The suburbs, villages, towns and cities that made the cut within a short distance of Bristol were chosen for different reasons - either for their best restaurants and pubs, stunning green spaces, cool independent shops, brilliant farmers’ markets or must-see attractions.
The lifestyle website uses insider knowledge of places outside of London to help potential buyers and renters decide where they’d like to live.
The local round-up is part of the site’s top 250 places to live guide for 2023. Below are ten top places picked in Gloucestershire, Somerset and Wiltshire - along with the reasons they were chosen.
1. Bradford-on-Avon, Wiltshire
A gorgeous historic town packed with fairytale cottages, this is your nirvana if you’re after indie shops and eateries, canal and river life, a vibrant ethical and cultural community plus a quick route into Bath. Muddy Stilettos says: “It’s a beautiful historic town with honey-coloured stone buildings and both a canal and the River Avon running through it, plus a station with brilliant links to Bath, Bristol, London and the South Coast. Things to do include walking or cycling the glorious countryside, messing about on the water, or taking part in this small but vibrant community’s various cultural and ethical initiatives, from wine-tasting to litter-picking to eco-activism. Not forgetting some great places to eat, drink and shop at indies, plus good schools and a close proximity to Bath (20 minute drive, 10-15 mins by direct train) – in fact it’s considered locally as one of the Georgian city’s suburbs, despite being just across the border.” Timbrell’s Yard is a stylish riverside coaching inn with rooms in the heart of town, perfect for family lunches, evening cocktails, pop-up events and parties. The Weaving Shed has an idyllic view of the river and is a great brunch stop, but for a slap-up special occasion, The Bunch of Grapes is the ultimate rendezvous. A little way up the hill, there’s family pizza business Amici’s, while Hartley Fare, just on the edge of town at Winsley, is a top spot for pretty much anything edible. Down by the river, Stones Paper Scissors is the place for locally made gifts while just across the way near the medieval Tithe Barn, a historic building owned by English Heritage, is The Granary at the Tithe Barn, with a selection of gorgeous, rustic home decor, presents and decorations.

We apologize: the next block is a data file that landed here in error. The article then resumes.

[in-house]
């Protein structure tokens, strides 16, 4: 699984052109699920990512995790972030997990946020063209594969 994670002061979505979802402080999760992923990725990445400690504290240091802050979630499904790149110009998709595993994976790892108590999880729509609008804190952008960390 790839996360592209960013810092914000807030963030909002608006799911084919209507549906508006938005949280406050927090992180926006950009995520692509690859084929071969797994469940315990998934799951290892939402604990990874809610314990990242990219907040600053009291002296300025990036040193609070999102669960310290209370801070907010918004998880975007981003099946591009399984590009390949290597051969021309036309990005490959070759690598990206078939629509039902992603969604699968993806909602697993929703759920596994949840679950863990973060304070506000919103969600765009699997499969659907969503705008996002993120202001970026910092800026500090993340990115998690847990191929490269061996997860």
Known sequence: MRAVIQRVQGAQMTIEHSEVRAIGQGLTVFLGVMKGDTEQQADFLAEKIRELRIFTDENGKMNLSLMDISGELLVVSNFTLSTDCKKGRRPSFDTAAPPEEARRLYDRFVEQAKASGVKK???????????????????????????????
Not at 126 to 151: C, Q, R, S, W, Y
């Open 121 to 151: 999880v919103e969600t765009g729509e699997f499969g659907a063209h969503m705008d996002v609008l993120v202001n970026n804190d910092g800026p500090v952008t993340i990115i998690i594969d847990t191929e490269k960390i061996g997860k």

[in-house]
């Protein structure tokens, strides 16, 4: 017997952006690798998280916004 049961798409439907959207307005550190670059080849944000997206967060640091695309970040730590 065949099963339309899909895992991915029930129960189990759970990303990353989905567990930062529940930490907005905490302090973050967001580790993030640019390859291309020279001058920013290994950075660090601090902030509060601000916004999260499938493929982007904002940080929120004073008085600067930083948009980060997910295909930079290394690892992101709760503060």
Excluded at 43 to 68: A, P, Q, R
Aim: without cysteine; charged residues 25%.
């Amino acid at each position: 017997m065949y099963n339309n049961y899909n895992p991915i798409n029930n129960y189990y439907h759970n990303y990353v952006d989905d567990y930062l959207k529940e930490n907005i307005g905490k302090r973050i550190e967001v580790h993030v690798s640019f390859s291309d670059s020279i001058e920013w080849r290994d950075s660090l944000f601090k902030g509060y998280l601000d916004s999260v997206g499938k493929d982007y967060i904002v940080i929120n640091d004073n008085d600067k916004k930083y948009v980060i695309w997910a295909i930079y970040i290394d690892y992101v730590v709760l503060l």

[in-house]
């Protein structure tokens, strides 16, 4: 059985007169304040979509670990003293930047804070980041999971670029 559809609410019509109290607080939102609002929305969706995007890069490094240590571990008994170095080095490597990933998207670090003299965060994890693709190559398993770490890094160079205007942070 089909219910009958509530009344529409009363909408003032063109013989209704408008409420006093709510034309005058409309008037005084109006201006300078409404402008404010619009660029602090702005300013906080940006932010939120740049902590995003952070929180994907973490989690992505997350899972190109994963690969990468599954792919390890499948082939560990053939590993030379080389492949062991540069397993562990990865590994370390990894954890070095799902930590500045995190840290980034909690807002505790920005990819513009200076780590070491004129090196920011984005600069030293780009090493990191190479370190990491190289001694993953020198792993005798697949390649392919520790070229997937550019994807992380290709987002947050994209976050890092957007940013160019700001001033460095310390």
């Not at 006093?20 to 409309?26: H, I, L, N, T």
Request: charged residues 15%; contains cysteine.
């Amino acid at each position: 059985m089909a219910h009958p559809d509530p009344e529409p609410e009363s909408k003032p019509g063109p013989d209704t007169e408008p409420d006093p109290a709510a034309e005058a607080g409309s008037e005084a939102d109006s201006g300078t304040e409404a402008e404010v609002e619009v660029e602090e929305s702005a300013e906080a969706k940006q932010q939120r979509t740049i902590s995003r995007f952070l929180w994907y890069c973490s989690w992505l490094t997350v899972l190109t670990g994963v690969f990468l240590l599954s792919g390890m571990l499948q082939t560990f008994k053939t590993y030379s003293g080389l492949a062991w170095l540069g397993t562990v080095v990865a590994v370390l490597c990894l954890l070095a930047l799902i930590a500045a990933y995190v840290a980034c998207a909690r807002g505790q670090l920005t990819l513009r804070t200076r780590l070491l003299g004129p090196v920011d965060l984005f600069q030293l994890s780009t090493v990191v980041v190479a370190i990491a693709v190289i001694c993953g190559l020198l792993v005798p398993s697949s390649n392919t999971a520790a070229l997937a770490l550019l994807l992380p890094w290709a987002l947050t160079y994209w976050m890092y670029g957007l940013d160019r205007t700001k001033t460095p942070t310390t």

2. Bruton, Somerset
The Notting Hill of the South West has more than its fair share of cultural highlights, great food and famous people. Muddy Stilettos says: “Low key but cool Bruton, aka the Notting Hill of the South West, has more than its fair share of cultural highlights, great food and famous people. There’s a strong community feel and the annual Packhorse Fair in May is fun.” Meet friends for coffee, cocktails, dining, fresh bread and pizzas at At The Chapel. Cocktails and dining at The Roth Bar & Grill; dish of the day at Matt’s Kitchen, coffee with books (and sometimes live music) at the Stripy Duck bookshop and Mexican-inspired grub and live music at The Prickly Pear. When you fancy Michelin star dining, head to Osip, owned by the youngest chef to win a star, Merlin Labron-Johnson or you can eat at his deli and wine bar The Old Pharmacy. Rochelle Canteen co-founder Margot Henderson is opening The Three Horseshoes in nearby Batcombe soon. There is a growing number of tasteful shops and assorted little galleries. Near the railway station is Godminster for cheese and more. The Durslade Farm Shop for artisan produce and homewares, artfully displayed.